Data infrastructure key to AI deployment says Telco data chief
DATA SCIENCE brings artificial intelligence (AI) and machine learning (ML) to life.
Practicing data scientists usually work with high volumes of data to help organizations and institutions understand the bits and bytes of information they collect through various interactions with customers and stakeholders.
However, these professionals can only get started with their job when organizations have a clear understanding of their data, know how they collect it and where they store it, and are able to make it accessible to their AI and ML models for training and use.
In an interview with Tech Wire Asia ahead of the ConnecTechAsia2019 Summit in Singapore in June, Axiata’s Chief Data Scientist Dr. Keeratpal Singh explains why companies must get the fundamentals right before diving into AI.
“When companies moved from paper to digital, they didn’t think about storage in the way they need to think about it if they have to implement an AI or ML solution.”
What Singh has put so simply is actually quite a massive challenge for many mid-market organizations embarking on their AI and ML journeys for the first time this year.
“In the modern data landscape, organizations need to hire data architects alongside data scientists because it is the data architect who will tame the massive data infrastructure that the company has built over the years and ready it for the sophisticated data models the data scientist creates.”
At face value, the challenge doesn’t seem too big because executives liken AI and ML models to yesterday’s business intelligence (BI) platforms.
They tend to think that if the existing data infrastructure is suitable for BI platforms and can generate insights efficiently, it can be also be used to feed into AI and ML models. Unfortunately, that’s far from the truth.
“Previous BI systems only aggregated data and used blocks of historical data to create reports and dashboards. Today’s AI and ML technology needs access to the whole repository in order to spot trends and highlight unique data events that can be translated into a competitive edge for the business.”
The race is on for AI and ML
Some of the large enterprises such as banks, financial services organizations and government agencies are already using AI and ML and spending on the technology is soaring according to IDC and Gartner’s estimates.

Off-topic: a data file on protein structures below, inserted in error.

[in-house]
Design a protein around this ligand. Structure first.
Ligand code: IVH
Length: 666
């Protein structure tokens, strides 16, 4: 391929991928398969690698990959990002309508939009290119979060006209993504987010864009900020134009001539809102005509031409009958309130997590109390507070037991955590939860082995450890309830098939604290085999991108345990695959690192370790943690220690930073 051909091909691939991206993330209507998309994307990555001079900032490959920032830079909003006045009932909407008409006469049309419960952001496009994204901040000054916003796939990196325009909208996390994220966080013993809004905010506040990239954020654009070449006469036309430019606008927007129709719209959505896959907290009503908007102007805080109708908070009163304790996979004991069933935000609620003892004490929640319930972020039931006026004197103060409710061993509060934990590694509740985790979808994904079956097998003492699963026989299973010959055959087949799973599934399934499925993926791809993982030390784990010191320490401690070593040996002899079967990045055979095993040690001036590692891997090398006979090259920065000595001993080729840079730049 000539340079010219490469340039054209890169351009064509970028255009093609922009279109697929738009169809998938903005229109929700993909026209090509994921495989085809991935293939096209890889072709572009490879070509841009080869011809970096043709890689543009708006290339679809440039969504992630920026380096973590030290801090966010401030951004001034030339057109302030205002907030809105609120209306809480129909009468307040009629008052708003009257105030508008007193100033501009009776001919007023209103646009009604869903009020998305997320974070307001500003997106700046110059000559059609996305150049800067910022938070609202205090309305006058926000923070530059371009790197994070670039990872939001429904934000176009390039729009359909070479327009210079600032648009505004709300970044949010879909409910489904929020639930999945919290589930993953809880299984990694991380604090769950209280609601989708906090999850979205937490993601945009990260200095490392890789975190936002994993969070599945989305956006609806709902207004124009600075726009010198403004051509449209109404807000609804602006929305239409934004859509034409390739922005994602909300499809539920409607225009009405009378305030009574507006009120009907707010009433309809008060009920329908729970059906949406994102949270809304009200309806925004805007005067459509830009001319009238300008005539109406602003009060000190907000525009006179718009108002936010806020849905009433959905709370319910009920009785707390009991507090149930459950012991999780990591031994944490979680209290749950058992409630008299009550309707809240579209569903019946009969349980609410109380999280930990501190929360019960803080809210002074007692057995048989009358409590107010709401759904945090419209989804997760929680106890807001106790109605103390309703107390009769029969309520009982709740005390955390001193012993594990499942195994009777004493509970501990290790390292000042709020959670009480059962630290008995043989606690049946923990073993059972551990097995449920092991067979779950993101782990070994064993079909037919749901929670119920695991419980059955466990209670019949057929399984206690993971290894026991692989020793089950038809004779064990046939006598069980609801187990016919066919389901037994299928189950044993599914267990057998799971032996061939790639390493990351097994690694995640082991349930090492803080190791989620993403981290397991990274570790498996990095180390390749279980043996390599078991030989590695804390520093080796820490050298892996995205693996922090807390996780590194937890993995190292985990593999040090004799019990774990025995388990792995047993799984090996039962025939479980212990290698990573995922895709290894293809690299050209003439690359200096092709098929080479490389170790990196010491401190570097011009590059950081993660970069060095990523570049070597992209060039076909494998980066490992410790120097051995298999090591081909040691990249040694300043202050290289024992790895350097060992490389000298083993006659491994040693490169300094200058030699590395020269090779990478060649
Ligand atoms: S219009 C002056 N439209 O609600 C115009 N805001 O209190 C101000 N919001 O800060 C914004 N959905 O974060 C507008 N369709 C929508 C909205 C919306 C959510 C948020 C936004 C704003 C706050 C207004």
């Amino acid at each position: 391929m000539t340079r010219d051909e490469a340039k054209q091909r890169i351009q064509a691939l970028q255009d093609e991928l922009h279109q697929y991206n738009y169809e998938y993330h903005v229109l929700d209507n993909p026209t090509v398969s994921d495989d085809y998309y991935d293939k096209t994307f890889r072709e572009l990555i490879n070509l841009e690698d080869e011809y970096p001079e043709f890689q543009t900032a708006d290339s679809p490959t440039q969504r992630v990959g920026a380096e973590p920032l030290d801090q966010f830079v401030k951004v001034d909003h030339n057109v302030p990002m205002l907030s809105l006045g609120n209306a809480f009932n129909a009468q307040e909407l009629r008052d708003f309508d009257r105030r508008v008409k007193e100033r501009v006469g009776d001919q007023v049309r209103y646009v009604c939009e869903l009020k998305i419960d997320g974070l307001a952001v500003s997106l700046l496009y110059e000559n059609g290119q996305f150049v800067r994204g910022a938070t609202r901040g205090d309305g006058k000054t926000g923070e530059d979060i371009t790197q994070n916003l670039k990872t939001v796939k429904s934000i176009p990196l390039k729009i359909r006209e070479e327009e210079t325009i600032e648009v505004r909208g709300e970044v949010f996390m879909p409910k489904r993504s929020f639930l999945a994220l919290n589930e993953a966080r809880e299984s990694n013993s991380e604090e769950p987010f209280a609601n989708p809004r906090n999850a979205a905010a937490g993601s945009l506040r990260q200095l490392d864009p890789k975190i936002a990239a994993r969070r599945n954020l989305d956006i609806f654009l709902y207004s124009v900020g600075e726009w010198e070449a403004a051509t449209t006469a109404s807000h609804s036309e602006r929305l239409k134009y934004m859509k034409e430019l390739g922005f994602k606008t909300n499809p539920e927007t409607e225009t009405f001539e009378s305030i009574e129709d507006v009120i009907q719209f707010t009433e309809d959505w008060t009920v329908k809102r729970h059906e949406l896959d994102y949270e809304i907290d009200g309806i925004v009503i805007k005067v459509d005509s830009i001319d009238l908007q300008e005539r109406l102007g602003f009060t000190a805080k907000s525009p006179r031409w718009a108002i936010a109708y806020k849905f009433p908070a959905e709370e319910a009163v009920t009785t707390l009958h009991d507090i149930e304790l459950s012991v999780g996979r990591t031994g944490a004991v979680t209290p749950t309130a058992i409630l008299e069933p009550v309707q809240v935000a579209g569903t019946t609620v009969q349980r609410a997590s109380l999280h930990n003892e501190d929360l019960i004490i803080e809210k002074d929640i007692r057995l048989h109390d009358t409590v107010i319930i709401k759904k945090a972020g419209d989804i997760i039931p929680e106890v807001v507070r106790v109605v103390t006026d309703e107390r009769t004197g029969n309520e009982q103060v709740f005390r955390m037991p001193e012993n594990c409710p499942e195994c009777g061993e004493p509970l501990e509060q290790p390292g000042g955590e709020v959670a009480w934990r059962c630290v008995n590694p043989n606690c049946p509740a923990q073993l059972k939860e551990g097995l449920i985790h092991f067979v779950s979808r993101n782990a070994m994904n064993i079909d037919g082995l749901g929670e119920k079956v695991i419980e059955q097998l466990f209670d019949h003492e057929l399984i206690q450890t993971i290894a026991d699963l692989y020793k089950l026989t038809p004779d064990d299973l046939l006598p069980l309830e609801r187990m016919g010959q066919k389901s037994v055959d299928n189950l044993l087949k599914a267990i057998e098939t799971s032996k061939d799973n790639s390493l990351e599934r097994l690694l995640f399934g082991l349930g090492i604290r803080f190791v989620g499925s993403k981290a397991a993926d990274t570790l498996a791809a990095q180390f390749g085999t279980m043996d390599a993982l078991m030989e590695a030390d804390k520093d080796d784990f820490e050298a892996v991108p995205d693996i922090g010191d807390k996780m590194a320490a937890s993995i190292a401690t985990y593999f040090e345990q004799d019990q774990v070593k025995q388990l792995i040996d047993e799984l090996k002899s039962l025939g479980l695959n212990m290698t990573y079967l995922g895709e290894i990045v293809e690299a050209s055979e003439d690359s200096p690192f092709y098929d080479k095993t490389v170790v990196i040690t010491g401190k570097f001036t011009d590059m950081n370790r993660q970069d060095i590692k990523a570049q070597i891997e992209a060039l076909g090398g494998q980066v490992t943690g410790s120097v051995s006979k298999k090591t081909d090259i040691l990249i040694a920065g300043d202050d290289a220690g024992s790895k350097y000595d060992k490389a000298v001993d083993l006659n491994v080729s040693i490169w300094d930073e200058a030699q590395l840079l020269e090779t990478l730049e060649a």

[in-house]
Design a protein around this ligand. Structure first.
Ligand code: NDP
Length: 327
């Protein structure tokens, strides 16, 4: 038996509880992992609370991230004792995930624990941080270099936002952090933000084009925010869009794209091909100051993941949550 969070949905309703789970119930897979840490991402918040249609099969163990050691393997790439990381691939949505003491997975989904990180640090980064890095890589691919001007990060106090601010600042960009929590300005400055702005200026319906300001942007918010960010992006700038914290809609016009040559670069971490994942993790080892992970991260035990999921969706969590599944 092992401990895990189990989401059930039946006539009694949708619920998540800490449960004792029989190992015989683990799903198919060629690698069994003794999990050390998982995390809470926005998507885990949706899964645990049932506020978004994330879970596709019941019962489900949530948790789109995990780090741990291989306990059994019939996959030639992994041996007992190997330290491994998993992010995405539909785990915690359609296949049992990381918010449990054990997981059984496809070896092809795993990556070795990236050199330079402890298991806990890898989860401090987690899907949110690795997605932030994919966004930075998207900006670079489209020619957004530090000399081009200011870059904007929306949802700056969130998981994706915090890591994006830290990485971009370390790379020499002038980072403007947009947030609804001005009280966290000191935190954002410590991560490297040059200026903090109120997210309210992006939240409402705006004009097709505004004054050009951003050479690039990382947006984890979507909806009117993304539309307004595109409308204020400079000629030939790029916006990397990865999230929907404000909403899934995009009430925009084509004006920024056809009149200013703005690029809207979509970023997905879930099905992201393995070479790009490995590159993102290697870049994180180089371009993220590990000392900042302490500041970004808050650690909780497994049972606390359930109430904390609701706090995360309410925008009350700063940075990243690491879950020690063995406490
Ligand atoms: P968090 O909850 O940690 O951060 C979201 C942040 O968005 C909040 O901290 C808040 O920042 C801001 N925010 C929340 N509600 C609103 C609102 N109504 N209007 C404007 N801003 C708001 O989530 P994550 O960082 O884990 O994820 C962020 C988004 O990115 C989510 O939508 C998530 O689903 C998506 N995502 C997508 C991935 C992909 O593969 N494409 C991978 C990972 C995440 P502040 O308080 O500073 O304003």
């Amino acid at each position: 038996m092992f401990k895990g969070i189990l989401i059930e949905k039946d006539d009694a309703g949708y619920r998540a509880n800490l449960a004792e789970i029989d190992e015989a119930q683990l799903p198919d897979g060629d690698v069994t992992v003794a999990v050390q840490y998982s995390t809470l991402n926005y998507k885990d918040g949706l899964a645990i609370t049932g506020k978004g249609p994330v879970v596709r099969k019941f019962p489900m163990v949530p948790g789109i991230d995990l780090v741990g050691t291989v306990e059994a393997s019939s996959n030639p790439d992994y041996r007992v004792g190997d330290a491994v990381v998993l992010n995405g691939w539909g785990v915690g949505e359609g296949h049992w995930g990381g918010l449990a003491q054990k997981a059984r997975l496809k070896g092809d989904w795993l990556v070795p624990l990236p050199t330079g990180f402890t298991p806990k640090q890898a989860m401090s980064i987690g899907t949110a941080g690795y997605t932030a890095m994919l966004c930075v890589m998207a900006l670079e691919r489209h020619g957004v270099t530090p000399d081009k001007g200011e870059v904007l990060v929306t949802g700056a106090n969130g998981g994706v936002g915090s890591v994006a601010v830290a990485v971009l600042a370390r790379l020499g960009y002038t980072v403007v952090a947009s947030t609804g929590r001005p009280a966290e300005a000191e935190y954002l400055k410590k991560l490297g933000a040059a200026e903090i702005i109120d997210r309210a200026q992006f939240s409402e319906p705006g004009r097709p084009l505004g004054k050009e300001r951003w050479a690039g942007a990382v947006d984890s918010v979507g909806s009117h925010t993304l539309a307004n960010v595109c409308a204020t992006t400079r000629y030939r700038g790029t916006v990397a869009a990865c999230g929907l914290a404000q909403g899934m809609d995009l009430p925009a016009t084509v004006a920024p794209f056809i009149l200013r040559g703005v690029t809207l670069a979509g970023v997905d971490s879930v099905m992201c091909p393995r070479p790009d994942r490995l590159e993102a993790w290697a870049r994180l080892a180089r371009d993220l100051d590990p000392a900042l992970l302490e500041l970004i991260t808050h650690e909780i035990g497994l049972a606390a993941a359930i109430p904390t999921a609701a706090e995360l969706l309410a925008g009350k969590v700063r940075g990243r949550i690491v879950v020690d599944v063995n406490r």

“Early adopters in banking, retail, and manufacturing have successfully leveraged AI systems as part of their digital transformation strategies.
“These strategies have helped companies personalize their relationship with customers, thwart fraudulent losses, and keep factories running. Increasingly, we are seeing more local governments keeping people safe with cognitive/AI systems.
“There is no doubt that the predicted double-digit year-over-year growth will be driven by even more decision makers, across all industries, who do not want to be left behind,” said IDC Customer Insights & Analysis Research Manager Marianne Daquila.
That double-digit growth is primarily expected to come from mid-market enterprises who are just getting started with AI and ML — and they’re the businesses that need to get the first steps right with their data infrastructure if they want to get the most out of their ROI.
“There are interesting things data scientists could do using AI and ML, but businesses need to be prepared to really leverage all their data to create that competitive edge and make the most of their data models,” explained Singh.
Lay the foundations for AI and ML now
Having been a data science professional for more than half a decade, and with a strong foundation in engineering, Singh is of the opinion that the APAC region is well suited to leverage AI and ML in the coming months.
“We have the talent in this region and we have the financial resources. Further, our business leaders and regulators are both very forward thinking and keen on AI and ML.”
To be fair, AI and ML have been an integral part of the digital transformation agenda across industries since the beginning, and the success that some of the larger enterprises have achieved only serves as motivation for mid-market and even small businesses in this region.
Given the push on AI and the strong support from regulators across the region, Singh believes mid-market and small enterprises must quickly get to grips with their data infrastructure and prepare to make the most of their upcoming AI and ML deployments.
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